The Cahaba River
 

 

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This page provides teachers with some very basic facts about the Cahaba River.  There are currently four major sections

Geography
Ecological importance
Economic Importance

Recreation
       
                 
                             

More information about the ecology of the Cahaba River can be found on these pages:

Description of Upper and Lower Cahaba
Threats to the Cahaba River

Geography:  The Cahaba River is located in central Alabama and its watershed includes portions of the St. Clair, Jefferson, Shelby, Bibb,  Perry, and Dallas counties.

Map courtesy of the Alabama Maps project: http://alabamamaps.ua.edu/index.html

Ecological Importance

 Some basic ecological facts about the river:

  • The Cahaba is the longest free-flowing river in Alabama.  This means that there are no dams on the Cahaba. 
  • There are 69 rare and imperiled species that make their home in the Cahaba River.
  • The Cahaba supports the largest known population of shoals lily in the world.
  • There are 131 species of fish that can be found in the Cahaba river.
  • Visit our Cahaba Animals and Cahaba Plants pages to learn more about the Cahaba’s biodiversity.

The Cahaba River is an Aquatic Ecosystem

The Cahaba River is noted as the largest free flowing river in Alabama with an incredible range of biodiversity.  In protecting the aquatic ecosystem we must observe the importance between habitat and species.  Aquatic species' populations depend on such environmental factors as sources of energy, temperature range, quality of the water, speed of the current, oxygen levels in the water, and substrate type (such as silt, sand, or rock).  These factors and others provide the habitat for species an aquatic ecosystem.  These factors vary within an aquatic ecosystem, thus providing a range of habitat types in the ecosystem.  Because different species prefer different habitats, the more habitat diversity there is in a stream or river, the more species you will find.  Together, all the species in an ecosystem form the community.  While all species require a different set of environmental factors, most species in the Cahaba River rely on there being a sufficient amount of unpolluted water flowing through the watershed.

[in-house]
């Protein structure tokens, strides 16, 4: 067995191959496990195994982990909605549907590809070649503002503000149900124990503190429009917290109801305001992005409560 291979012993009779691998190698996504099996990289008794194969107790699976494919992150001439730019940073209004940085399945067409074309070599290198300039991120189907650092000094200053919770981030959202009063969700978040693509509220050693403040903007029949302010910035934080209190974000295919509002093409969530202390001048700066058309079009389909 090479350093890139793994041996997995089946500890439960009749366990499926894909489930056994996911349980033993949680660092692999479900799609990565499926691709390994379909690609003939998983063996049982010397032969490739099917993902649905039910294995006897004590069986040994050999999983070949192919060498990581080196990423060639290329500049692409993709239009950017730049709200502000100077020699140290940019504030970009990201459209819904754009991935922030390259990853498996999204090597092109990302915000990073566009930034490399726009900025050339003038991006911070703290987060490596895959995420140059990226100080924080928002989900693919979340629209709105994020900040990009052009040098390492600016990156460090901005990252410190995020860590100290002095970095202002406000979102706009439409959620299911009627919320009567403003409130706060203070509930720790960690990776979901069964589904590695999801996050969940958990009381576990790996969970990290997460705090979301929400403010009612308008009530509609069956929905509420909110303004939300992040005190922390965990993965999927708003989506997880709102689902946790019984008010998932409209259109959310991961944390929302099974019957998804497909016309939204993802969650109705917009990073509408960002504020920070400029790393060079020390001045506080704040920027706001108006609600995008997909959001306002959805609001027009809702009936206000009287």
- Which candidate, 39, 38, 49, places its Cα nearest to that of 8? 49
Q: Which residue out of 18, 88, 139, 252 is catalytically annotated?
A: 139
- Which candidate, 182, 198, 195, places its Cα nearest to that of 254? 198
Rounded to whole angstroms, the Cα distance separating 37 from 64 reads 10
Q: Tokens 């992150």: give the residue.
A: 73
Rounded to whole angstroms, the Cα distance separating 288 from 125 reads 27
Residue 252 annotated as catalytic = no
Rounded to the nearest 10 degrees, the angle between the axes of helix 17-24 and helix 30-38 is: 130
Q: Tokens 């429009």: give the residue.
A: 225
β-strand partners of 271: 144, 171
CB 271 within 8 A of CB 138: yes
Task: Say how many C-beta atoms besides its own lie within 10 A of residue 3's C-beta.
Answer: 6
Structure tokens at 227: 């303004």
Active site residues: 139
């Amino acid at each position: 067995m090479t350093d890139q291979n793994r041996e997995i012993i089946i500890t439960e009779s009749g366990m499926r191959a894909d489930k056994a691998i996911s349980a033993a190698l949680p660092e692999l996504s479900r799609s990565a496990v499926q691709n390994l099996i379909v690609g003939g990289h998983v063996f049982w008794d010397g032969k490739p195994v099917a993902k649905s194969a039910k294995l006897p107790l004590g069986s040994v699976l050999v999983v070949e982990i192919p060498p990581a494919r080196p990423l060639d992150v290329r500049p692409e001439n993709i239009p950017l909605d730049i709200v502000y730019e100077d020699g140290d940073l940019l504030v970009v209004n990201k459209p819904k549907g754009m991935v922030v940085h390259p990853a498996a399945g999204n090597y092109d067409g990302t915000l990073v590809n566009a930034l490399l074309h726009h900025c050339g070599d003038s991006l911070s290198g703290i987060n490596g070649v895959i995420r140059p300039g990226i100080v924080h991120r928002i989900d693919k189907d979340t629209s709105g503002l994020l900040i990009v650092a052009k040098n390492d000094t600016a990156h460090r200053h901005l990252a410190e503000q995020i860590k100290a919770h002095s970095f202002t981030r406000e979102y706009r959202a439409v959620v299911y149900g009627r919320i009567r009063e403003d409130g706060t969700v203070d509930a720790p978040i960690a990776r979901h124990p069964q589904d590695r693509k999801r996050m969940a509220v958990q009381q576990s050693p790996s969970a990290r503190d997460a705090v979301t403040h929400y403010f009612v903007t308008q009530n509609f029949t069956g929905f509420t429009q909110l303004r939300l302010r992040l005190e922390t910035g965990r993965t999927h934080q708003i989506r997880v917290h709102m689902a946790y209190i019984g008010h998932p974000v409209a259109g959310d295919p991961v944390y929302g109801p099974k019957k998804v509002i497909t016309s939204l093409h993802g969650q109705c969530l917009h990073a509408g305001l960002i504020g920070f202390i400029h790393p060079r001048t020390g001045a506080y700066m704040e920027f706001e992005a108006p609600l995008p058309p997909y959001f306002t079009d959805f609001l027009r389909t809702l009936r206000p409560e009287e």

Some Ecological Terms You Should Know:  Specialists are organisms that require a narrow range of environmental factors (a narrow habitat).  Other organisms that may tolerate a wide range of conditions for their habitats are known as generalists.  Organisms are also classified by their feeding roles.  The terms herbivore, omnivore, and predator are some ways to distinguish animals based on differences in food choice.  Other terms of classifications can be found in the sites Glossary.

 

Economic Importance

  • Much of the River's economic importance is due to its supplying us with potable water.
  • The Cahaba River supplies Alabama with 25% of its drinking water! 
  • The Cahaba River, Little Cahaba River and Lake Purdy system provides an average of 57 million gallons of drinking water per day.
  • The Cahaba has become more polluted over the past 20 years. Industries, cities, and counties can discharge 40 million gallons per day of treated wastewater into the Cahaba! 
  • Untreated sewage and minimally treated wastewater sometimes flow into the Cahaba during rainy periods! YUCK!
  • By providing a place for recreation, the Cahaba River provides economic importance to the outdoor sporting industry in the region.
 
Recreation

The Cahaba River provides us with many fun outdoor activities!  You can enjoy:                         

  • Fishing, canoeing
  • Kayaking, rafting
  • Bird watching, wildlife observation

You can find information about renting canoes and kayaks from Alabama Small Boats located in Helena  http://www.alsmallboats.com/events.html

For canoeing and kayaking, there are many locations to launch from in the area.  One great spot for launching a canoe is Cahaba Landing in Irondale, with a take-out point near Liberty Park. Click here for directions:
http://www.cityofirondale.org/parks.htm

Other launch and take-out points can be found on a map provided by the Cahaba River Society:  http://www.cahabariversociety.org/Cahabamap.htm

Sources used:  World Wildlife Fund
U.S. Fish and Wildlife Service
See References for other sources


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